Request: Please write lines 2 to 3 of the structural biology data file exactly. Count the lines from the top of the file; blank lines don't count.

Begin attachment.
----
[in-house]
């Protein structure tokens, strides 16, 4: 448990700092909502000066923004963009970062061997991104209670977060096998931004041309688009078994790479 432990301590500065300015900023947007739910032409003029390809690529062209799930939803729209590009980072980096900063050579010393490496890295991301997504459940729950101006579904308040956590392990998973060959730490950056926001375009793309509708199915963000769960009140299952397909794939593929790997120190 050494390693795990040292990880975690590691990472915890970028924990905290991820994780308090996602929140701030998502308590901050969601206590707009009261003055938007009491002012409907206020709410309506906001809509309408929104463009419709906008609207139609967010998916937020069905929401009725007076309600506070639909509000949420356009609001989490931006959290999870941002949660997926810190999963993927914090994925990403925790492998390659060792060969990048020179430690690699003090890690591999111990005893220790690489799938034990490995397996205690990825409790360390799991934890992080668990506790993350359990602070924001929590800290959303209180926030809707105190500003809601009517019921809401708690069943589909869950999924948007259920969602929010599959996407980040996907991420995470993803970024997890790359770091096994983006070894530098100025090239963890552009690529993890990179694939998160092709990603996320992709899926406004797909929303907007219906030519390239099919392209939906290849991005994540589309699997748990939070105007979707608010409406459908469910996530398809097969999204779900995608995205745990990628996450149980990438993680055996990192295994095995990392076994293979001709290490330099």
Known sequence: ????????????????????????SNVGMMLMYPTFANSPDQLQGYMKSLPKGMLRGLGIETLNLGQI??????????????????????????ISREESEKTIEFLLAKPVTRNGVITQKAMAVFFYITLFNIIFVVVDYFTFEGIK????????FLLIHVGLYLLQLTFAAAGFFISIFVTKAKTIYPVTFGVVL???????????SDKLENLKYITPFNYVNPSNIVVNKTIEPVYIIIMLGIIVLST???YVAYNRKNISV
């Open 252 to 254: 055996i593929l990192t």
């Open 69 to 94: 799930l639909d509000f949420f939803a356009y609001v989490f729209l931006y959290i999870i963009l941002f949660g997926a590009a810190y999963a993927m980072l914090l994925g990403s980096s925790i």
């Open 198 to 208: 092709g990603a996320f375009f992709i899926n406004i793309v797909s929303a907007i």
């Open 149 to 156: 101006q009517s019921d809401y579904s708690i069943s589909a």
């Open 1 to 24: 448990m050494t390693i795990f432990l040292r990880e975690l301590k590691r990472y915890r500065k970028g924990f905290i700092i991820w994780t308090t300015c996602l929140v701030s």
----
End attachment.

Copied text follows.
């Protein structure tokens, strides 16, 4: 448990700092909502000066923004963009970062061997991104209670977060096998931004041309688009078994790479 432990301590500065300015900023947007739910032409003029390809690529062209799930939803729209590009980072980096900063050579010393490496890295991301997504459940729950101006579904308040956590392990998973060959730490950056926001375009793309509708199915963000769960009140299952397909794939593929790997120190 050494390693795990040292990880975690590691990472915890970028924990905290991820994780308090996602929140701030998502308590901050969601206590707009009261003055938007009491002012409907206020709410309506906001809509309408929104463009419709906008609207139609967010998916937020069905929401009725007076309600506070639909509000949420356009609001989490931006959290999870941002949660997926810190999963993927914090994925990403925790492998390659060792060969990048020179430690690699003090890690591999111990005893220790690489799938034990490995397996205690990825409790360390799991934890992080668990506790993350359990602070924001929590800290959303209180926030809707105190500003809601009517019921809401708690069943589909869950999924948007259920969602929010599959996407980040996907991420995470993803970024997890790359770091096994983006070894530098100025090239963890552009690529993890990179694939998160092709990603996320992709899926406004797909929303907007219906030519390239099919392209939906290849991005994540589309699997748990939070105007979707608010409406459908469910996530398809097969999204779900995608995205745990990628996450149980990438993680055996990192295994095995990392076994293979001709290490330099």
Known sequence: ????????????????????????SNVGMMLMYPTFANSPDQLQGYMKSLPKGMLRGLGIETLNLGQI??????????????????????????ISREESEKTIEFLLAKPVTRNGVITQKAMAVFFYITLFNIIFVVVDYFTFEGIK????????FLLIHVGLYLLQLTFAAAGFFISIFVTKAKTIYPVTFGVVL???????????SDKLENLKYITPFNYVNPSNIVVNKTIEPVYIIIMLGIIVLST???YVAYNRKNISV